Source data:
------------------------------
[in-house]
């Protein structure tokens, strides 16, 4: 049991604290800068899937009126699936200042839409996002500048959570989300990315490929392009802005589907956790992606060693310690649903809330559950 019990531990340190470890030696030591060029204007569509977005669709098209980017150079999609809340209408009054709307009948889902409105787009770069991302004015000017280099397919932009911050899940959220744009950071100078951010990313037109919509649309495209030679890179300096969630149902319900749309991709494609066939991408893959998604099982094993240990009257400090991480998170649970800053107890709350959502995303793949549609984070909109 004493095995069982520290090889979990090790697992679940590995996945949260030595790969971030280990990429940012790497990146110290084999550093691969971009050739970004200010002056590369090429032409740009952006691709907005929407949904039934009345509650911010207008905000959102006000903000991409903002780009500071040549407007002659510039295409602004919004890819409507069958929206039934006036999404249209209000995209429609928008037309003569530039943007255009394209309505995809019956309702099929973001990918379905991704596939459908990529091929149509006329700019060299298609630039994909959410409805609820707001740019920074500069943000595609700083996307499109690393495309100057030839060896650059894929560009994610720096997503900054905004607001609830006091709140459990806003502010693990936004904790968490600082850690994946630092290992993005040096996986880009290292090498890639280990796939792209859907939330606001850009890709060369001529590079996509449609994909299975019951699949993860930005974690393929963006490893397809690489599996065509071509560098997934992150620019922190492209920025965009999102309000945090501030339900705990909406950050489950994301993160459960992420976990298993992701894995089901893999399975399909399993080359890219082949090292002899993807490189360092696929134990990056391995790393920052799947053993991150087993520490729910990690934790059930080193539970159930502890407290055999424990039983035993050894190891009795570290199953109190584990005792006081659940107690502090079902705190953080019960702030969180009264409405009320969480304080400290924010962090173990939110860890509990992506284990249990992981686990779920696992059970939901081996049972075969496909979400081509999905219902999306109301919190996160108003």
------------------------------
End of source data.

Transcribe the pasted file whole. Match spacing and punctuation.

[in-house]
């Protein structure tokens, strides 16, 4: 049991604290800068899937009126699936200042839409996002500048959570989300990315490929392009802005589907956790992606060693310690649903809330559950 019990531990340190470890030696030591060029204007569509977005669709098209980017150079999609809340209408009054709307009948889902409105787009770069991302004015000017280099397919932009911050899940959220744009950071100078951010990313037109919509649309495209030679890179300096969630149902319900749309991709494609066939991408893959998604099982094993240990009257400090991480998170649970800053107890709350959502995303793949549609984070909109 004493095995069982520290090889979990090790697992679940590995996945949260030595790969971030280990990429940012790497990146110290084999550093691969971009050739970004200010002056590369090429032409740009952006691709907005929407949904039934009345509650911010207008905000959102006000903000991409903002780009500071040549407007002659510039295409602004919004890819409507069958929206039934006036999404249209209000995209429609928008037309003569530039943007255009394209309505995809019956309702099929973001990918379905991704596939459908990529091929149509006329700019060299298609630039994909959410409805609820707001740019920074500069943000595609700083996307499109690393495309100057030839060896650059894929560009994610720096997503900054905004607001609830006091709140459990806003502010693990936004904790968490600082850690994946630092290992993005040096996986880009290292090498890639280990796939792209859907939330606001850009890709060369001529590079996509449609994909299975019951699949993860930005974690393929963006490893397809690489599996065509071509560098997934992150620019922190492209920025965009999102309000945090501030339900705990909406950050489950994301993160459960992420976990298993992701894995089901893999399975399909399993080359890219082949090292002899993807490189360092696929134990990056391995790393920052799947053993991150087993520490729910990690934790059930080193539970159930502890407290055999424990039983035993050894190891009795570290199953109190584990005792006081659940107690502090079902705190953080019960702030969180009264409405009320969480304080400290924010962090173990939110860890509990992506284990249990992981686990779920696992059970939901081996049972075969496909979400081509999905219902999306109301919190996160108003």